Wisconsin Attorney General JB Van Hollen refused to join a civil lawsuit along with 11 other states against one of the nation’s largest predatory lenders, which just netted a record-$8.4 billion settlement. Financial disclosure records show Van Hollen owned stock totaling as much as $150,000 in at least three subprime lenders.
Attorney General Van Hollen should explain to Wisconsin why he didn’t join both Republican and Democratic Attorneys General in this critical lawsuit. Knowing Van Hollen has up to $150,000 in stocks of three other companies which have done major subprime lending raises serious concerns about his inaction on this case and cases which may arise in the future.
The lawsuit against Countrywide Financial, terms of which were revealed Monday, “will be a good framework” for future possible actions with other lenders, according to Florida’s Republican Attorney General. State financial disclosure records show Van Hollen has up to $50,000 of stock in three separate lenders which have been identified as participating in the subprime market: Citigroup, Bank of America and JP Morgan Chase & Company.
Bank of America actually purchased Countrywide after the lawsuit was filed, while Citicorp reportedly had as much as $60 billion in “exposure” due to subprime mortgages and loans. From February 2007-April 2008 the subprime mortgage crisis cost Citigroup $40 billion, Bank of America $15 billion and JP Morgan Chase $10 billion.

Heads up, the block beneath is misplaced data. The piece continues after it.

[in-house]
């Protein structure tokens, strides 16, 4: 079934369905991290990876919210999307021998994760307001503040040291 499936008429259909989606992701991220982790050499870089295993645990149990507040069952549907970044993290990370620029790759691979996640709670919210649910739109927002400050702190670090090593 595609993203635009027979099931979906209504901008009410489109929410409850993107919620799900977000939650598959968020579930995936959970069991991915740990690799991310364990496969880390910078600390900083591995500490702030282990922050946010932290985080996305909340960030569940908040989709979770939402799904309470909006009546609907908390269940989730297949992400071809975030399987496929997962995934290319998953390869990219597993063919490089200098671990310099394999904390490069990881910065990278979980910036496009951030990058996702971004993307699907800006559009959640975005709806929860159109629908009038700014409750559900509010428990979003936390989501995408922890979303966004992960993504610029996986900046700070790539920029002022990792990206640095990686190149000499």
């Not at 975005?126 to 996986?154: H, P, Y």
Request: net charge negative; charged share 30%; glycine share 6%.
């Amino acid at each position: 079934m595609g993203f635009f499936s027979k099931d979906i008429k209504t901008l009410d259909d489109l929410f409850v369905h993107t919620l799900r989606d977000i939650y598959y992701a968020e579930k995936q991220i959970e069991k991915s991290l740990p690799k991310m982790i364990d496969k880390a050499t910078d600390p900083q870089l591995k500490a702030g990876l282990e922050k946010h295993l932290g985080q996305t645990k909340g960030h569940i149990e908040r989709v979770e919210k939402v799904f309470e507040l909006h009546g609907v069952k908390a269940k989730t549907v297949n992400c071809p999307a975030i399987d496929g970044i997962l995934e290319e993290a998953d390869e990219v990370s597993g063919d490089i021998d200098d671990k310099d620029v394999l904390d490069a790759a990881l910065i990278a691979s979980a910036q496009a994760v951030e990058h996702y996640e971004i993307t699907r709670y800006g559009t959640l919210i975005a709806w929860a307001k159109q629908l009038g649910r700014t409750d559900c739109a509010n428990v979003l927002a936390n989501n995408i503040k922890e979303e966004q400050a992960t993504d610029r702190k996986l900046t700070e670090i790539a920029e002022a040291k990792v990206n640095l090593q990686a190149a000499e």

In 2002, Citigroup settled charges by the Federal Trade Commission for a then-record amount of $215 million for engaging in “systematic and widespread deceptive and abusive lending practices.”
It remains to be seen what Van Hollen’s refusal to join his fellow Attorneys General in taking on predatory lenders will cost Wisconsin,but the continuing damage Van Hollen has done to the Wisconsin Department of Justice’s reputation is something no amount of money can repair.
Van Hollen, the co-Chair of John McCain’s presidential campaign, has been roundly criticized for using Wisconsin tax dollars to sue the state in a partisan suit which could disenfranchise hundreds of thousands of legal voters. Van Hollen’s office, after initially denials, admitted to consulting with the Republican Party of Wisconsin about the suit. Just-discovered footage also shows Van Hollen bragging about the coming lawsuit to GOP delegates at last-month’s Republican National Convention.